Sunday, September 28, 2008

There has been quite a bit of static lately about the proposed deal between Google and Yahoo! Some advertising giants, various uninformed pundits and Microsoft (of all companies!) have argued the deal is anti-competitive. On the contrary, for the millions of small businesses that fuel the economy, including mine, the Google-Yahoo! arrangement is both beneficial and pro-competitive.

In fact, the deal will allow us to better compete with the behemoths and help level the playing field for the small guy. So it’s time to rotate the tuning dial to allow some additional facts to be heard to clear up the confusion and correct some misinformation about this very important development.

First, let me explain that I buy ads from Google, and many of my products are sold from ads that appear on Yahoo! as well as Microsoft’s search engine. As a result, I have personal insight as to how the system really works. The ad auction that runs on Google is dynamic; the pricing is determined by ad buyers like me and indirectly by consumers who click different ads and not by Google. It’s the purest of auctions because it gives enormous power to clever, creative and nimble small businesses.

Here’s how it works. If I write an ad and tell Google I am only willing to pay them 10 cents per click, my ad could appear on top of an ad from a giant Fortune 500 company that is willing to pay a dollar a click. How is this possible? The advertiser that pens the most creative ad that gets the attention of consumers has a great chance of doing well in the real-time ad auction. As that ad gets clicked more, it can generate more sales for the company that wrote the ad and in turn, more revenue for Google. Because the ad is doing so well, it gets preferred placement on Google’s search pages and Web sites that are in Google’s content network.

This means an ad buyer with a small budget can actually trump a larger company that is willing to pay more per click. Assuming the ad is driving more sales, the small company increases its ad budget each day as sales climb. This gives the little guy the opportunity to compete and win against giant companies that have huge marketing departments and expensive ad agencies.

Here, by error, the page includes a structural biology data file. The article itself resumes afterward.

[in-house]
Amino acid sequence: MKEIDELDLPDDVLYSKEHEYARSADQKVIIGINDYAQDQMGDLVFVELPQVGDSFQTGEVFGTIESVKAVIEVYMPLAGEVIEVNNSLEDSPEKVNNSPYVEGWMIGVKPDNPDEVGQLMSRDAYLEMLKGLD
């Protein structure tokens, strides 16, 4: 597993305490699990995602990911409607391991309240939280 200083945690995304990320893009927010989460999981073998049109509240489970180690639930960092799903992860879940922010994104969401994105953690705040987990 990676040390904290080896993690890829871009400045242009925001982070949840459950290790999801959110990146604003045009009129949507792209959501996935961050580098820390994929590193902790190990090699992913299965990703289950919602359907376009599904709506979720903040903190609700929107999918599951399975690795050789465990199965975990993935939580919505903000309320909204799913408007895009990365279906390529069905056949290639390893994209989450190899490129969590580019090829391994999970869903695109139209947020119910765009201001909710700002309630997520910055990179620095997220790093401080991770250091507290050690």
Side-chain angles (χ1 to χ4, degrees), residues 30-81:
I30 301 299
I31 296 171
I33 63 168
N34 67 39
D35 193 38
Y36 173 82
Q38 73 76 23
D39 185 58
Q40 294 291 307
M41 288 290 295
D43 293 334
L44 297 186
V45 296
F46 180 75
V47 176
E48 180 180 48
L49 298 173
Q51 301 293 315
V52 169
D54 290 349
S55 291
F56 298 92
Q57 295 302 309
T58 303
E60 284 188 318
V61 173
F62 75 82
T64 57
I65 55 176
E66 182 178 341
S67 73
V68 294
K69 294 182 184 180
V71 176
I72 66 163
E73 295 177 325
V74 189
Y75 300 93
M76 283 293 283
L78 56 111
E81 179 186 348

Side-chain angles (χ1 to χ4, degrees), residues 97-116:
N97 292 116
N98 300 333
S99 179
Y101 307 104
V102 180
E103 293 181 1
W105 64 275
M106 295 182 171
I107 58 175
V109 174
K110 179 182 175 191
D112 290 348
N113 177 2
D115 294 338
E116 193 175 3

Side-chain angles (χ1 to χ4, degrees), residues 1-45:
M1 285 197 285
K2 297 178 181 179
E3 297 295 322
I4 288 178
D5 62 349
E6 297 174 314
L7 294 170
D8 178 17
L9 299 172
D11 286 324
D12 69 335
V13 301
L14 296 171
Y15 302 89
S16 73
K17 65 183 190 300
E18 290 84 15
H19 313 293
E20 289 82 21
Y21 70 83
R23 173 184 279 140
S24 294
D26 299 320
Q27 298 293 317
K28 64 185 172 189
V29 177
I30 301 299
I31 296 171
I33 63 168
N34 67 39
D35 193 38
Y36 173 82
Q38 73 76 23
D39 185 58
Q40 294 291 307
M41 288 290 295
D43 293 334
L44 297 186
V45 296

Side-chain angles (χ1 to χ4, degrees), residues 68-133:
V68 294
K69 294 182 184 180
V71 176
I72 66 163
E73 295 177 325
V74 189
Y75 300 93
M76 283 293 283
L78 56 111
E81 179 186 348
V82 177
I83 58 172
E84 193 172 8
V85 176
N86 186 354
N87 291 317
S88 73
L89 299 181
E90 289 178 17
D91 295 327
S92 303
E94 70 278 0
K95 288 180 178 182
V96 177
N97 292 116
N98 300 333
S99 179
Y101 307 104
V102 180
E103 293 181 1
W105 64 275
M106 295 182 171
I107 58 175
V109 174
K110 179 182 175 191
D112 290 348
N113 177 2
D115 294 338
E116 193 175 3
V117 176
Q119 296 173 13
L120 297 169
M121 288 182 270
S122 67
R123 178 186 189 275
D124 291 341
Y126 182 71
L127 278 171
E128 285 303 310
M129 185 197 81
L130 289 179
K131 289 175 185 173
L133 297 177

Perhaps this is one reason the Association of National Advertisers opposes the deal. If Yahoo! goes out of business or gets swallowed whole by Microsoft, we advertisers are going to have less ad inventory. It’s possible big businesses - which comprise most of ANA’s membership - want less ad space available, i.e., less inventory, so their larger ad budgets can squeeze out small businesses like mine.

Keep in mind that the proposed deal between Google and Yahoo! could open up tens of millions of page views per day to small businesses that employ millions of people in the United States. On these millions of Web pages, there could be hundreds of millions of ad placements each day, creating even more competition between those that are buying the ads.

Now, let’s turn to the so-called monopoly fears. Imagine that Google decides to change from its current auction system to a model similar to traditional media where a company pays a given amount for a certain ad position, regardless of the ad’s effectiveness. Were that to happen, the vacuum created by the loss of the dynamic auction system would be filled by another search engine faster than you can say Google.

Keep in mind there are several reasons Google enjoys such enormous success in such a short time. First, this advertising model works well and is the fairest and most transparent system there is. A small business like mine can activate an ad account in minutes and have ads seen by millions of people within an hour.

What’s more, I can see in a few hours or even in minutes which ads do the best and what it costs to convert a prospect to a paying customer. That was not possible 10 years ago. Can you see why this might be terrifying to big businesses? Rather than being afraid, big business should embrace this amazing paradigm shift.

On the other hand, anxiety about government intervention in all this is cause for concern, at least for small businesses. Why? Yahoo! has a Web site just like mine. They can lease or rent the space on their pages to any company they please. I do the same, as can any other small Web site. But Yahoo! happens to be one of the most-visited Web sites in the world each day.

If I become the most popular home-improvement Web site in the world with the most traffic, is the U.S. government going to tell me what ads I can and can’t display? If they do, we might as well take a sledgehammer to the Liberty Bell and finish it off.

We should not forget, nor should the Justice Department, that in the history of media and advertising, there has never been so much power and potential available to small and large businesses.

In the past, small companies with tiny ad budgets got the least desirable advertising placements because they could not afford to pay as much as big businesses. The marketing landscape has changed, and those comfortable with the old business model are screaming as people like me take a seat at the table. Excuse me, but please pass the salt.

Tim Carter is founder of and author of the nationally syndicated newspaper column “Ask the Builder.” He also is a licensed amateur radio operator whose call sign is W3ATB.

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